Ask Arlene on high cholesterol, breast feeding
Our health guru answers your questions.
Can I have alcohol when I am breast feeding? I stopped drinking when I was pregnant and want to revert to my previous habits of 2-3 glasses wine each night.
Nine months seems like an eternity to women who enjoy their wine and one of the most popular questions that lactation consultants hear is, "Now that the baby is born, can I PLEASE have a drink?" Let's start with three facts about alcohol consumption while breastfeeding, so you can make a stress-free, informed decision. Breastfeeding women are advised not to drink alcohol, especially while breastfeeding is being established during the first month of the baby’s life
Alcohol, which shows up quickly in foremilk and in hindmilk, does affect the central nervous system of you and your baby. (Light, occasional drinking is not considered to be a major risk for the breastfeeding mom and baby.) Studies have shown slower motor development in breastfed babies when mom drinks alcohol on a regular, frequent basis.
Milk ejection can be inhibited if excess alcohol is consumed in large quantities. Alcohol decreases prolactin output, blocks the release of oxytocin, hence reducing milk supply. As a result, the baby's sucking patterns may change where they are sucking more but getting less out, which can cause a great deal of frustration for the two of you.
Ingesting excess alcohol will change the flavour of the breast milk. In addition, one study showed that the odour of the milk was different when mothers drank alcohol and that their babies took in less milk, even though they nursed for time periods similar to babies who were not exposed to alcohol in breast milk. The authors of the study believe that the babies were reacting to the odour.
There are also other factors to consider. The following will affect the effect of alcohol on you and your baby:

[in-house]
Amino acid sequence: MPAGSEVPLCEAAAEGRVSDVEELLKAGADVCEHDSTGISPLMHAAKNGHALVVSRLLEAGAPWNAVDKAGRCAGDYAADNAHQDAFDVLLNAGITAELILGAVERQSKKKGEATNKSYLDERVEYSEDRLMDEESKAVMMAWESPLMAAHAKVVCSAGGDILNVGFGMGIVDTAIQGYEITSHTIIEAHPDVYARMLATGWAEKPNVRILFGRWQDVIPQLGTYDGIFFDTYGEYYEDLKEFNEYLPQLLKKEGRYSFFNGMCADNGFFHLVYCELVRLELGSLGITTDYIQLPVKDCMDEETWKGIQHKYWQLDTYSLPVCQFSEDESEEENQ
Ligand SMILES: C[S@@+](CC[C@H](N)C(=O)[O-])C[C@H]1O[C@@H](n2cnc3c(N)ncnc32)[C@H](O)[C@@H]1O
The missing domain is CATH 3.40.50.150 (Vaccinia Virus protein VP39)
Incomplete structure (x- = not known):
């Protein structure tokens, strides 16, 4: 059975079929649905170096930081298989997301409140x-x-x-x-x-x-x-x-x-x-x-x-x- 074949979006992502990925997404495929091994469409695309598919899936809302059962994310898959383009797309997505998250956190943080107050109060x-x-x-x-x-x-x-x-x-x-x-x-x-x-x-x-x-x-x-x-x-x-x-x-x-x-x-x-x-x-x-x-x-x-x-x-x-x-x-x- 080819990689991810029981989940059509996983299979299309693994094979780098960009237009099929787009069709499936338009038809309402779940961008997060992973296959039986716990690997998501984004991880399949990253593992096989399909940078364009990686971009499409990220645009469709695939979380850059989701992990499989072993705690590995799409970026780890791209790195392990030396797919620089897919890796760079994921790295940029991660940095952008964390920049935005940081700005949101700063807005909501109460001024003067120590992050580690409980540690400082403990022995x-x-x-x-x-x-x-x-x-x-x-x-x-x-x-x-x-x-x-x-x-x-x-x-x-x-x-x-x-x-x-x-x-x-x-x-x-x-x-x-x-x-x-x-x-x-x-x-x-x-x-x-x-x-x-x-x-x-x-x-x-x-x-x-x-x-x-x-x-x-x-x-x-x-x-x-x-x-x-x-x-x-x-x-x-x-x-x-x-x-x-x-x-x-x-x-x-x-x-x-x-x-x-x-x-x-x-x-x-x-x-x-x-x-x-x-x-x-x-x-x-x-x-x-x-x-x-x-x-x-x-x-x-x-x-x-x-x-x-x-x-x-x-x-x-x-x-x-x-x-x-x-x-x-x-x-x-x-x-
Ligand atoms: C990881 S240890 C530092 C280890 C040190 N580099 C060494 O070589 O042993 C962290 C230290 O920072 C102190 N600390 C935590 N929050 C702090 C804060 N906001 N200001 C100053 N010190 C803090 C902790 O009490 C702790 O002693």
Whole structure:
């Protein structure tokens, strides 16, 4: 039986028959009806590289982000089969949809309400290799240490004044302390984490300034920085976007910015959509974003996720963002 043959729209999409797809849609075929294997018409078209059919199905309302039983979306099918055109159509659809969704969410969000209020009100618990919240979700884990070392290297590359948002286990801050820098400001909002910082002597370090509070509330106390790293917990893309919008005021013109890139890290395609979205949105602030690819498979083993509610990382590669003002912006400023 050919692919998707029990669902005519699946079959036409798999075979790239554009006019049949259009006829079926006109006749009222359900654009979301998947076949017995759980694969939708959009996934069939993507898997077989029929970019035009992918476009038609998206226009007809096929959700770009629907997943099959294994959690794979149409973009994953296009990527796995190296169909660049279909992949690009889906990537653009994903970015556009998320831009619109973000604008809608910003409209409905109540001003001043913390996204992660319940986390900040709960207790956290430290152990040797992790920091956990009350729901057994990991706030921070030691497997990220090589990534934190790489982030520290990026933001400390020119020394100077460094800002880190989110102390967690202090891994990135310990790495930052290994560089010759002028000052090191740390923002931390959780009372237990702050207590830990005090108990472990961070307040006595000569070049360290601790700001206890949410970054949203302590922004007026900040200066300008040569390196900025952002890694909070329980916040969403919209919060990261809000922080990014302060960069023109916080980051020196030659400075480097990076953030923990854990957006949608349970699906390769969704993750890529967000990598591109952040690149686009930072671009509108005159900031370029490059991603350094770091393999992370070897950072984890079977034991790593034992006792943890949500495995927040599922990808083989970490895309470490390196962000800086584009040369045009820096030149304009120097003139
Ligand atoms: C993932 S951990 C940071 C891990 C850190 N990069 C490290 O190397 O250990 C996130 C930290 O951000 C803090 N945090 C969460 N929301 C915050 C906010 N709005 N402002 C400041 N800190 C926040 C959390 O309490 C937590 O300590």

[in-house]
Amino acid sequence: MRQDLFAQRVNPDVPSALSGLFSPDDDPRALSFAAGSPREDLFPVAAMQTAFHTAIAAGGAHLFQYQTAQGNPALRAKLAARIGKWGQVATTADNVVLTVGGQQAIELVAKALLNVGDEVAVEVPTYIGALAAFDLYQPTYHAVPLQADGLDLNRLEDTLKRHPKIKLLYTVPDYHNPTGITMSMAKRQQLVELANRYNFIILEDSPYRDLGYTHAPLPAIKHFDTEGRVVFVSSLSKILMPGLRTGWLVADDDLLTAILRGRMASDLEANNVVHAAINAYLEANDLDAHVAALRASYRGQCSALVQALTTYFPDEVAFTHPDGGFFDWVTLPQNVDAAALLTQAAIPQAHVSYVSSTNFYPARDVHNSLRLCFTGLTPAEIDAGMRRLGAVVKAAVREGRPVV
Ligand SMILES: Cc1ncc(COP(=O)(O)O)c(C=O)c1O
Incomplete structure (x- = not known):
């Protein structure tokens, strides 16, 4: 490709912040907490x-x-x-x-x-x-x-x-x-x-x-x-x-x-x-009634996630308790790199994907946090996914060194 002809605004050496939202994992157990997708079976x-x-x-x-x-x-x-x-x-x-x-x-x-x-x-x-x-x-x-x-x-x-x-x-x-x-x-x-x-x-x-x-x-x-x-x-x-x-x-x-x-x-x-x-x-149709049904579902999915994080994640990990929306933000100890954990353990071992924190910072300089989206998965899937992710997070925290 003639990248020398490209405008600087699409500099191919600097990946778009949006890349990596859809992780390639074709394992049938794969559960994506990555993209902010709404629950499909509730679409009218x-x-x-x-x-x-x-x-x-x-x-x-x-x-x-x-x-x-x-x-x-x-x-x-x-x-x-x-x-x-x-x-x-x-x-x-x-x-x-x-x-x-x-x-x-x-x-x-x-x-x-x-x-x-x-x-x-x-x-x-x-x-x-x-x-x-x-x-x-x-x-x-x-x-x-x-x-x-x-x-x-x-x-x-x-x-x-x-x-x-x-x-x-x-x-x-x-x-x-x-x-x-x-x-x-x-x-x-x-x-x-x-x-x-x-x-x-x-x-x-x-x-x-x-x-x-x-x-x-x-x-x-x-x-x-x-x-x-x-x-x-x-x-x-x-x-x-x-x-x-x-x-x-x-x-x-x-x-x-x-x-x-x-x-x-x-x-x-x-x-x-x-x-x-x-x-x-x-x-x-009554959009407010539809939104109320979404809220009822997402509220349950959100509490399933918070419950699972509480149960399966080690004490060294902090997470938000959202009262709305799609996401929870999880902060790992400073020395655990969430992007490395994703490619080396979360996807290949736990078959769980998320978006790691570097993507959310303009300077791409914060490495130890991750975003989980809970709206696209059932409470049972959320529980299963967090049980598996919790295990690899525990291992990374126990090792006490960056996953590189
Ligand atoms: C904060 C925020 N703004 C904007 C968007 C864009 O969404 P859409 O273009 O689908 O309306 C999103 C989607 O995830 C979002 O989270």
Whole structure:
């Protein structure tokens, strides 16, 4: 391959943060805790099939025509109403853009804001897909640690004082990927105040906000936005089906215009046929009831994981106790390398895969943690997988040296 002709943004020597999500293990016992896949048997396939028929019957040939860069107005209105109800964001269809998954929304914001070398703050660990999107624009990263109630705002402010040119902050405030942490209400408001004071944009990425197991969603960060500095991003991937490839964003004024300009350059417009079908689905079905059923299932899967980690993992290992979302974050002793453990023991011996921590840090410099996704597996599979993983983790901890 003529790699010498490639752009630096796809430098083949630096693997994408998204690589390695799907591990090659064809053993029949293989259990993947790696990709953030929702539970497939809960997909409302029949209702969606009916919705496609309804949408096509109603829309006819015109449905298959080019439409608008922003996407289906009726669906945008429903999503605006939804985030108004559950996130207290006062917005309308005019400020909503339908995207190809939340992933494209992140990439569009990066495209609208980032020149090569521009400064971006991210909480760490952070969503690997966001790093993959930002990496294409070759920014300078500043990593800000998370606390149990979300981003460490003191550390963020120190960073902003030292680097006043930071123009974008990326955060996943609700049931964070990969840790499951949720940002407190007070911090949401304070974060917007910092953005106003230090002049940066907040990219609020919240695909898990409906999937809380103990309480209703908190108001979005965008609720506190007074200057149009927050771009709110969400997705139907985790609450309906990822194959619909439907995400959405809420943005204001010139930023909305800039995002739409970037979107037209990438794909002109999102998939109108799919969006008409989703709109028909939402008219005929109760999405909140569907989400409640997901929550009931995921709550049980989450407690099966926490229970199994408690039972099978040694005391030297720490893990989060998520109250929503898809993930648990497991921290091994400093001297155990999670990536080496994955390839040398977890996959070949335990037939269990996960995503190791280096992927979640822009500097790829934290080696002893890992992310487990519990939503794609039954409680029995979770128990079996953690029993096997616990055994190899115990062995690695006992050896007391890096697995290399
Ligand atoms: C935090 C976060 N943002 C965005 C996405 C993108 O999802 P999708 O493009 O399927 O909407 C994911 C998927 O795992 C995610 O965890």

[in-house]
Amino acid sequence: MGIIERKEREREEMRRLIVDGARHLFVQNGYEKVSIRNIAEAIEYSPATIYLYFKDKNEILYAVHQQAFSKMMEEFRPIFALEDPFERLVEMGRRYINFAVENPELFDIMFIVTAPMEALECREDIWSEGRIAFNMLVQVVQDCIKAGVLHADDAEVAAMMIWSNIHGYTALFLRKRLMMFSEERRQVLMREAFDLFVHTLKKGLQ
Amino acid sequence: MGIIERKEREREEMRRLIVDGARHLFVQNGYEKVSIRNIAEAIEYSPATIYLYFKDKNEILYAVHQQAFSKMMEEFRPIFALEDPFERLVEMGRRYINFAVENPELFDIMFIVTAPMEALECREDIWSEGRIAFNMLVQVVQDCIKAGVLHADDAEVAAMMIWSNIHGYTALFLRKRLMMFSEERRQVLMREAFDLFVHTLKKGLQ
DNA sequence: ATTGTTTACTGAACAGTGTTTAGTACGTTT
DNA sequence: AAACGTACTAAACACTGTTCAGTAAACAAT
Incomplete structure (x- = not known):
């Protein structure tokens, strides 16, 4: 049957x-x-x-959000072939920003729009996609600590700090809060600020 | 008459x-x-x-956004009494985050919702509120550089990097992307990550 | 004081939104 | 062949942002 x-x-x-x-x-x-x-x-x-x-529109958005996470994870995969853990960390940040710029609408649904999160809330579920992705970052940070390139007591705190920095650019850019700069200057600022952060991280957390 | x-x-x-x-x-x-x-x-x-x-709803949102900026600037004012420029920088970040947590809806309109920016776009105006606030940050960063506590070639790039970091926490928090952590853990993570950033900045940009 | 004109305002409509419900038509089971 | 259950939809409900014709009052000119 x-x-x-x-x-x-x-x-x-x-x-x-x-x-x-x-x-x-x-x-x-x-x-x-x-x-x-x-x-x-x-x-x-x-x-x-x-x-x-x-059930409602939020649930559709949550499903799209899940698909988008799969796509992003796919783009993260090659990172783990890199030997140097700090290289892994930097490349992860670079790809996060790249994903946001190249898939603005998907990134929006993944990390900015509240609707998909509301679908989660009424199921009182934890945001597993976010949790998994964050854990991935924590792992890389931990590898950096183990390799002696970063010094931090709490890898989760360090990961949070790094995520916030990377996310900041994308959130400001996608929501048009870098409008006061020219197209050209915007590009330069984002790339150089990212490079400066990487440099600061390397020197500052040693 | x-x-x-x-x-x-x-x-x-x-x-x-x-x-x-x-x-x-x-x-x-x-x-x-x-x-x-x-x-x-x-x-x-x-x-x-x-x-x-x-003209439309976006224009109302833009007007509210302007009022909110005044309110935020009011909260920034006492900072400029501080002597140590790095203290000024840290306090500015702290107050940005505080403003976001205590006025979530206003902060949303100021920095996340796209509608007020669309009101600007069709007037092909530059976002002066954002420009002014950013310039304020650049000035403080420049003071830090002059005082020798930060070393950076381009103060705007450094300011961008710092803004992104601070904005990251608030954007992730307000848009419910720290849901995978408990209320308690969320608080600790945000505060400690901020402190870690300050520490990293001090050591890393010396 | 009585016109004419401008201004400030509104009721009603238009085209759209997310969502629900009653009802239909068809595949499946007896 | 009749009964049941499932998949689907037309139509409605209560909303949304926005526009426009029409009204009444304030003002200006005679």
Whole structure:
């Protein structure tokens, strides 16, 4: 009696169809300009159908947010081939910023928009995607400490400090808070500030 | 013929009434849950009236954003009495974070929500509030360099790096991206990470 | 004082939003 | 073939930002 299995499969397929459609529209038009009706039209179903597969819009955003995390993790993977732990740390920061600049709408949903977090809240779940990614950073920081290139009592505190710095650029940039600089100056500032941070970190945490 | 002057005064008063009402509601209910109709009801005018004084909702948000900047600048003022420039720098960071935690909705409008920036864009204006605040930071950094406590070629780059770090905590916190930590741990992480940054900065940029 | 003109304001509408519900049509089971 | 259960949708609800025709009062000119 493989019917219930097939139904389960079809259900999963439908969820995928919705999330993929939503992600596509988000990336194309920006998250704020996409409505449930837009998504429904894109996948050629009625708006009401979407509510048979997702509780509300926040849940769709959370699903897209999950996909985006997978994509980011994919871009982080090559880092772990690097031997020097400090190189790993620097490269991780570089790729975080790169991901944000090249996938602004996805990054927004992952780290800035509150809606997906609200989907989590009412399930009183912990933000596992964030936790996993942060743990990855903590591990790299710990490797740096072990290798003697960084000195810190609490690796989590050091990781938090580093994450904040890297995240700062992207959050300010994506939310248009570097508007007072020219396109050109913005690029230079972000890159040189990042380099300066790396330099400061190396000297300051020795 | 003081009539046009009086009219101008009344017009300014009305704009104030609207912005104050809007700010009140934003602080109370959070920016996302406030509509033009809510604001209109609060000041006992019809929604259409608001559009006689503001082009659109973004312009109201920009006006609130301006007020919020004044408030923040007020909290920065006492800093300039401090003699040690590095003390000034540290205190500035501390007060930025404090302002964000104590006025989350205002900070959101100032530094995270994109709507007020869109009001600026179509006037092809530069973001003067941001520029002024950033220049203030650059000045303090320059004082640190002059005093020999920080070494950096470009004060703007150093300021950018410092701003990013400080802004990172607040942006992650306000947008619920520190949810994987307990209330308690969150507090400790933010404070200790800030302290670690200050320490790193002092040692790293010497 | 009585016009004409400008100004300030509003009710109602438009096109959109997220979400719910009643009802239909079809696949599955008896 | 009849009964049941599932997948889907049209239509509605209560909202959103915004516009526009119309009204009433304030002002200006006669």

• The timing of your drink. Alcohol passes very rapidly between blood and milk. If you have a drink on an empty stomach, peak levels are reached within a half hour to an hour. If you drink while you're eating, you're looking at an hour to an hour and a half.
• Your weight
• Your menstrual cycle
• Your baby's age
Obviously, it's ideal that the breastfeeding mother avoids alcohol altogether, but for most, that's an unrealistic expectation. It is recommended that, if you do intend to have an alcoholic beverage, you nurse the baby before having the drink and then wait at least two hours per drink consumed before putting the baby back to the breast.
What foods should one avoid if you have high cholesterol? I have recently had a blood test and the result was that my cholesterol was higher than the reference range. I would like to reduce my cholesterol without going on medication.
People with high cholesterol should avoid or limit their consumption of certain foods. Knowing which foods to avoid for high cholesterol is an important step, but it doesn't end there. There are a number of other foods that may not be considered high cholesterol foods but that still raise your LDL cholesterol (bad cholesterol) more than high cholesterol foods do.
Cholesterol comes from animals. If a food does not come from an animal (such as fruits or vegetables), then it does not have cholesterol. Foods with the highest amounts of cholesterol are eggs and liver. For example, an egg yolk has 213 mg of cholesterol.
Other high cholesterol foods to avoid or eat in moderations are Whole-milk dairy products, Butter, Cream, Ice cream, Cream cheese, Certain shellfish (such as shrimp), Organ meats (such as kidney and brain),Duck and goose (which have more cholesterol than chicken or turkey; the skin on these animals is high in cholesterol).
Eating high cholesterol foods is just part of the problem for people with elevated cholesterol. In most cases, the main cause of high blood cholesterol is eating too much of certain types of fat. Saturated fat and trans fatty acid (also known as trans fat) are types of fat that raise your cholesterol levels.